The Guise of the Beautiful: Symposium 204d ff

Phronesis 65 (2):129-152 (2019)
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A crux of Plato’s Symposium is how beauty relates to the good. Diotima distinguishes beauty from the good, I show, to explain how erotic pursuits are characteristically ambivalent and opaque. Human beings pursue beauty without knowing why or thinking it good; yet they are rational, if aiming at happiness. Central to this reconstruction is a passage widely taken to show that beauty either coincides with the good or demands disinterested admiration. It shows rather that what one loves as beautiful does not appear good, a proposal with ramifications for ethical psychology.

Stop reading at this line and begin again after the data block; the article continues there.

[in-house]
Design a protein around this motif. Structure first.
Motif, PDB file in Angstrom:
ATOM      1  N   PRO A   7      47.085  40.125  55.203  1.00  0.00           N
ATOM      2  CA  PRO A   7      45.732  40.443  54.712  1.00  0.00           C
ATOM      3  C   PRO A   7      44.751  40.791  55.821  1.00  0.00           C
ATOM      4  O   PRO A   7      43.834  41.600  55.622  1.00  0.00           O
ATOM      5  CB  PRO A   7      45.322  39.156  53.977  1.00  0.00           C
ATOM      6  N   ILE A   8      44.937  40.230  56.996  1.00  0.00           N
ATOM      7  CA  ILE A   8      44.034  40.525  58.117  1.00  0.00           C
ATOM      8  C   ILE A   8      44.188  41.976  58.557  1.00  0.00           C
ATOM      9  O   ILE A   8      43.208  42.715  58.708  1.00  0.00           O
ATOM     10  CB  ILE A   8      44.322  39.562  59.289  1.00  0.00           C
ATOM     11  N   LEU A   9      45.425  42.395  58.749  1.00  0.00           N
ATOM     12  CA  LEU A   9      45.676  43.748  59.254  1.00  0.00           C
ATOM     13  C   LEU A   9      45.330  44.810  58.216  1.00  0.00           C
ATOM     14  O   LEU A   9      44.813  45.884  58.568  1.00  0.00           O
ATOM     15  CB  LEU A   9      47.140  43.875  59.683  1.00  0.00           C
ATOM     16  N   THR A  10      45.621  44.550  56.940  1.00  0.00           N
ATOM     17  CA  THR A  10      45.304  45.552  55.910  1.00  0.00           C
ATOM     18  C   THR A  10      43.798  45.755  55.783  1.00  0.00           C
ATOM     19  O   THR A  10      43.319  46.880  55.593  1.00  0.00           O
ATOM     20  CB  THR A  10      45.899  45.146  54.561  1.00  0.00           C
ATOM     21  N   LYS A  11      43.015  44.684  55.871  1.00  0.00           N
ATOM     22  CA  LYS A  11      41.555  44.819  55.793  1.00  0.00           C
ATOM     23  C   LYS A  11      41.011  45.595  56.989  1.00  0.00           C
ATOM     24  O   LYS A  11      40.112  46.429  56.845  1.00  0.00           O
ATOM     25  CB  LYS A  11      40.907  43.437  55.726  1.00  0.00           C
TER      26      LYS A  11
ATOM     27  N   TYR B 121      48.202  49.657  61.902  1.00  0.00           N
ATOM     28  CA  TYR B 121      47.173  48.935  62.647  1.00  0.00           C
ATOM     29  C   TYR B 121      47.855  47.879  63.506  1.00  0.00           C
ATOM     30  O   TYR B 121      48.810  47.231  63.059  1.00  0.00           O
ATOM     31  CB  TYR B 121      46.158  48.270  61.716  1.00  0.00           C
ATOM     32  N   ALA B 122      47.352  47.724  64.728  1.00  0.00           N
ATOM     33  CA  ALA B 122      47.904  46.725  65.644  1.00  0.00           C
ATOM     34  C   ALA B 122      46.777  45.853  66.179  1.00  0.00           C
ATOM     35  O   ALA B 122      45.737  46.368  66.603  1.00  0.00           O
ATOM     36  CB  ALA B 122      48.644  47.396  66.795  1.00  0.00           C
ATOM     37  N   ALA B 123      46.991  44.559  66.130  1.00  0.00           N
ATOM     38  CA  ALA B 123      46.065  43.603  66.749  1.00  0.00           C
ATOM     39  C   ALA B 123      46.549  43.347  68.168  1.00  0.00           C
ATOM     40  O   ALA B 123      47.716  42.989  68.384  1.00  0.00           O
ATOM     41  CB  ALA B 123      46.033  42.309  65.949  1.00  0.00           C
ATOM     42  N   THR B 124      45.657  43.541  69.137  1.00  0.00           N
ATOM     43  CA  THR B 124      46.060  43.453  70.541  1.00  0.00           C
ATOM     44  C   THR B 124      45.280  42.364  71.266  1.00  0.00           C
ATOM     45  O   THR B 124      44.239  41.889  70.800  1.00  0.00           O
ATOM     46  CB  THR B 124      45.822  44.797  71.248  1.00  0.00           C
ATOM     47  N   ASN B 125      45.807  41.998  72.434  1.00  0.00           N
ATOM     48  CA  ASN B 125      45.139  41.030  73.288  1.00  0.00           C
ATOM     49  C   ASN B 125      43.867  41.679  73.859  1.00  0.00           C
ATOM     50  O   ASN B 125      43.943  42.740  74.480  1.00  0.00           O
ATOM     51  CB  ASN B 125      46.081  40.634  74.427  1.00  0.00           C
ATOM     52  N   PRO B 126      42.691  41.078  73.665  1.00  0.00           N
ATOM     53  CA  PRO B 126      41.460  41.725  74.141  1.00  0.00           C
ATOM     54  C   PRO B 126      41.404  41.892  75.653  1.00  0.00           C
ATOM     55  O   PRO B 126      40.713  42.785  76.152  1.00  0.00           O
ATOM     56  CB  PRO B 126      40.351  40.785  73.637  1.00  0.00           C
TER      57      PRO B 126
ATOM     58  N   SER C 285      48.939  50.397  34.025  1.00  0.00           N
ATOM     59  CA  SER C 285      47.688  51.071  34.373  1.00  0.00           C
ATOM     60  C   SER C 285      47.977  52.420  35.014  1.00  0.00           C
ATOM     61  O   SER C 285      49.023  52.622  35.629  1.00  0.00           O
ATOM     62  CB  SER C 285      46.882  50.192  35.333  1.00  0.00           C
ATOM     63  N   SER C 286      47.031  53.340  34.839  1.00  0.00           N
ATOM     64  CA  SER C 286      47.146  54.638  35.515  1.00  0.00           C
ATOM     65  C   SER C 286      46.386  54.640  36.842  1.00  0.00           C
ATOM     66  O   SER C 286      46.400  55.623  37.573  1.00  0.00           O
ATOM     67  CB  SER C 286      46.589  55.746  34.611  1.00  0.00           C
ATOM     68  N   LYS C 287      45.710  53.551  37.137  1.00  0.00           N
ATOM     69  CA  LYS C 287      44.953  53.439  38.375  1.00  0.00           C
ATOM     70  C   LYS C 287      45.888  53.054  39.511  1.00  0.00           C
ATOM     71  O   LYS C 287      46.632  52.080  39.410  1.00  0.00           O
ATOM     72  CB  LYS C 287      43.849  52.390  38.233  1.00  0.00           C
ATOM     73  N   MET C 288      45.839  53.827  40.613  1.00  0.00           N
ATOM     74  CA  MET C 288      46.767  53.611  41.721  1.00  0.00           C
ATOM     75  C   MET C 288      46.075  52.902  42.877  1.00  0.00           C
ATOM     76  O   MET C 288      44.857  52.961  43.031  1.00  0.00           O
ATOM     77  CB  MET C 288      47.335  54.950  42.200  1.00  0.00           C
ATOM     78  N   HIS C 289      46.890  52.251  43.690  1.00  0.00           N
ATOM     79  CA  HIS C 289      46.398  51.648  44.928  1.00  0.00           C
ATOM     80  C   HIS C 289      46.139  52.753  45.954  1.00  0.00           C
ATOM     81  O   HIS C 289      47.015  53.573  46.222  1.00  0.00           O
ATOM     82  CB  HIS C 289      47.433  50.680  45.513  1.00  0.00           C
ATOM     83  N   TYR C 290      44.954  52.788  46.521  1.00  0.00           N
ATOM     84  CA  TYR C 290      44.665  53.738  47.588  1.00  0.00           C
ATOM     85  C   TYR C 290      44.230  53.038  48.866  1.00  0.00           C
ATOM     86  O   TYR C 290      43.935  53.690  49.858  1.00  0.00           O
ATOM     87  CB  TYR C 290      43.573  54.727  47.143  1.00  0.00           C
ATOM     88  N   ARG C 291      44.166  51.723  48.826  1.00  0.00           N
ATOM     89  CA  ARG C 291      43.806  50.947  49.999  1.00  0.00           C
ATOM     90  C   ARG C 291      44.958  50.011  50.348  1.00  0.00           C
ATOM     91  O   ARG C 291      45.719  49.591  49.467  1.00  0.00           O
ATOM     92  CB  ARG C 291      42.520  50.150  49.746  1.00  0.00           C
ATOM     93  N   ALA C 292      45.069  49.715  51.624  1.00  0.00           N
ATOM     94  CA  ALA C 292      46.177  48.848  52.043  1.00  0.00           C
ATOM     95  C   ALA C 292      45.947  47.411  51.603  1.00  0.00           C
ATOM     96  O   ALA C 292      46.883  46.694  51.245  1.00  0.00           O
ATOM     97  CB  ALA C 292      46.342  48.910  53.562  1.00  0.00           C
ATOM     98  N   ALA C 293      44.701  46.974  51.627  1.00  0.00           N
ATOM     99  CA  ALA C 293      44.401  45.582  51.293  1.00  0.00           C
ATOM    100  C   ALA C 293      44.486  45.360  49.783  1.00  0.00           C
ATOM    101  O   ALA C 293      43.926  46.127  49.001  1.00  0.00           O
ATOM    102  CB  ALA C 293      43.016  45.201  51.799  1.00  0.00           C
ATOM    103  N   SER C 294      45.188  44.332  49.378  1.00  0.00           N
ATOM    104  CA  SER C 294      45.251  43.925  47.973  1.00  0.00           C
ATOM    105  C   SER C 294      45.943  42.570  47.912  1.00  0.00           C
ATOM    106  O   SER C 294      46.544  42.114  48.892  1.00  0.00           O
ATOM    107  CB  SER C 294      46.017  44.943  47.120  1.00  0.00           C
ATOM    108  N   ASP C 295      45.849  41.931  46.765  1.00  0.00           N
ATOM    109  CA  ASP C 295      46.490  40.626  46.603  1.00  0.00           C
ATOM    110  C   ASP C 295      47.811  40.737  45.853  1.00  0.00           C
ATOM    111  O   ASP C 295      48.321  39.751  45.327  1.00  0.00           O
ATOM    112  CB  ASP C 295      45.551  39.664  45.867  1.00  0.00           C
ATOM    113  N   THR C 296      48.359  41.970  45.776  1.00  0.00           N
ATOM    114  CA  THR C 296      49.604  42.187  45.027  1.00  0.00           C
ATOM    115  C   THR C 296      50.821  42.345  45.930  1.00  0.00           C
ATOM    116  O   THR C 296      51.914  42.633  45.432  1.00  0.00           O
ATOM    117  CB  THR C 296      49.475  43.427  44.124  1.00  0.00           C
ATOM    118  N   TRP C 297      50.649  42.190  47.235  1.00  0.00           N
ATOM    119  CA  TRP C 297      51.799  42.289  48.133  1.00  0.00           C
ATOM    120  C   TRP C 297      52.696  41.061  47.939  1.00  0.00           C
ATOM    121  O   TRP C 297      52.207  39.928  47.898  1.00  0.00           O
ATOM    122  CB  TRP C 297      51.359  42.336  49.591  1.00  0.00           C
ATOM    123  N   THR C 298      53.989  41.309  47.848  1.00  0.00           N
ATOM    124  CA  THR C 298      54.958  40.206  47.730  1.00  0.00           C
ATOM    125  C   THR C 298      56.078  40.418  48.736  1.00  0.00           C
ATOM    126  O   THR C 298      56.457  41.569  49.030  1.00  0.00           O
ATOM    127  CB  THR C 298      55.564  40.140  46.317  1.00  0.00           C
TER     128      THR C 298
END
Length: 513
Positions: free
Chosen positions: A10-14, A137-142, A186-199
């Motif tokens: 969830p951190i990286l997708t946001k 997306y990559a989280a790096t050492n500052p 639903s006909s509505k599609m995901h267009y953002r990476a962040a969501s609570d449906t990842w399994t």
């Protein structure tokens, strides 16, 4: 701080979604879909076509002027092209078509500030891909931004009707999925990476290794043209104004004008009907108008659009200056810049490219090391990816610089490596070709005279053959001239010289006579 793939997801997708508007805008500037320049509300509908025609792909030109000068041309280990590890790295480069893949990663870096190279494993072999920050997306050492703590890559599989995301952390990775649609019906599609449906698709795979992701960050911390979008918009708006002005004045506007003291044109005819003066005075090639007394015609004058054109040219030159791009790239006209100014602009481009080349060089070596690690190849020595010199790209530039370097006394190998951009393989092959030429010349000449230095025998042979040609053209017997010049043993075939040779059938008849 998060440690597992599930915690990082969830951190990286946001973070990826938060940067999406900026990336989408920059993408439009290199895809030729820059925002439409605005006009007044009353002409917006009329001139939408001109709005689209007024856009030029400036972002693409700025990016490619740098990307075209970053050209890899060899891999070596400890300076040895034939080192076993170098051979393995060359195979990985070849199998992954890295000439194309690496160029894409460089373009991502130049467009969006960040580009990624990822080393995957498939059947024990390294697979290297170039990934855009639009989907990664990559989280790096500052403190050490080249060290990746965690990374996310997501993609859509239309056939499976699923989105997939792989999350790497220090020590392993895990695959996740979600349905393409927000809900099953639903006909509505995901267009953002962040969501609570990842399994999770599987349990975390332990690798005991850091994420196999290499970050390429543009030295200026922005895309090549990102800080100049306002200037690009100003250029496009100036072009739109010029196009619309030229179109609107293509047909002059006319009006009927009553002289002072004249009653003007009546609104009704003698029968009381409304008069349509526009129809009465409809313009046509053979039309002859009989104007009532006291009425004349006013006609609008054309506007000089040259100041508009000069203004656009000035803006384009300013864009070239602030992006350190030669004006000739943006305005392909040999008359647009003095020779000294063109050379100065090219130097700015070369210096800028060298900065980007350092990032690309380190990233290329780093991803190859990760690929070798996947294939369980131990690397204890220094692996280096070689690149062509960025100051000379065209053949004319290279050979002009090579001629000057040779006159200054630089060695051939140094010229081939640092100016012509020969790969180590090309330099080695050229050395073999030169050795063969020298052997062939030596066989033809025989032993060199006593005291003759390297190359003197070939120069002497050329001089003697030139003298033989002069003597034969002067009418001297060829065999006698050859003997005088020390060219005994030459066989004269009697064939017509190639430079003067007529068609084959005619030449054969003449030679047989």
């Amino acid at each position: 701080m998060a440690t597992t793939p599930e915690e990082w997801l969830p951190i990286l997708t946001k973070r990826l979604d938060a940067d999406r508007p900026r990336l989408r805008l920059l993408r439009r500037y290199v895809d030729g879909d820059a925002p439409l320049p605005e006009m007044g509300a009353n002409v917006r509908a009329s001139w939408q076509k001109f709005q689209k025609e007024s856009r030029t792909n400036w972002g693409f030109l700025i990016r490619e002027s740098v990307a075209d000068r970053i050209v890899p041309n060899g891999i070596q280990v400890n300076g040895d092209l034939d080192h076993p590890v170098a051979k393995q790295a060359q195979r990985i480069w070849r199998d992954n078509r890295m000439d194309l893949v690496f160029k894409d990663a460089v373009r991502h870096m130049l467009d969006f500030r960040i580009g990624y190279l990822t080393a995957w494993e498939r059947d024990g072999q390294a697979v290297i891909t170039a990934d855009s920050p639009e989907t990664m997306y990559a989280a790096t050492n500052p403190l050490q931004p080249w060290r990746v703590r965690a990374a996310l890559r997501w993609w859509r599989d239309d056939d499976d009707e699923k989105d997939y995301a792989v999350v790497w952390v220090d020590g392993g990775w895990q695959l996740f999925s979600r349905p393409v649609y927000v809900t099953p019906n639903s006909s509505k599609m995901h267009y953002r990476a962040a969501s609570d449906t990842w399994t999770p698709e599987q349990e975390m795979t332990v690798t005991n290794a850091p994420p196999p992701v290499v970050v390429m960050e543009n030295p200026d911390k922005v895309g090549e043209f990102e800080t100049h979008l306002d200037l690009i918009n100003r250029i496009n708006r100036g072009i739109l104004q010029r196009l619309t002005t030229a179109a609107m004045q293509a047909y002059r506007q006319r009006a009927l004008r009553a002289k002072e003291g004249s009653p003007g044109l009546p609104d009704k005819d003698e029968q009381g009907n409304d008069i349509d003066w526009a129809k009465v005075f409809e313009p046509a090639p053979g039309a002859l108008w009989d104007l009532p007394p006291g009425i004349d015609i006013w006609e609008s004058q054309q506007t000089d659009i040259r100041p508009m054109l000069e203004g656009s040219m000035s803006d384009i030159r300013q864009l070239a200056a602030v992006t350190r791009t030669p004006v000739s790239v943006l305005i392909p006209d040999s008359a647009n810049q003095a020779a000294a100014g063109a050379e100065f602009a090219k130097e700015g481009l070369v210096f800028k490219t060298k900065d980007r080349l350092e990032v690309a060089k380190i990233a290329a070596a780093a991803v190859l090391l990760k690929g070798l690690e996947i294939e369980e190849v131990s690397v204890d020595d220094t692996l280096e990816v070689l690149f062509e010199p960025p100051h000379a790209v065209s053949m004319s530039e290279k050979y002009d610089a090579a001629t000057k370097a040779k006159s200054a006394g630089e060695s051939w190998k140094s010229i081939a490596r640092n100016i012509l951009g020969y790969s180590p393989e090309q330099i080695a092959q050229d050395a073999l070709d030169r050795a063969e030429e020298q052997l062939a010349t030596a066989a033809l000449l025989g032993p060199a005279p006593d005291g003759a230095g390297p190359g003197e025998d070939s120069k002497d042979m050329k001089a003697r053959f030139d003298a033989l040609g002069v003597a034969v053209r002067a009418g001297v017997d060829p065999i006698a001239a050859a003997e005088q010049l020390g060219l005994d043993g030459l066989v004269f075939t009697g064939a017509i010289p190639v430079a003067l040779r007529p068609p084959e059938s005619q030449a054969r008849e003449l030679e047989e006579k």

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First archival date: 2019-10-17
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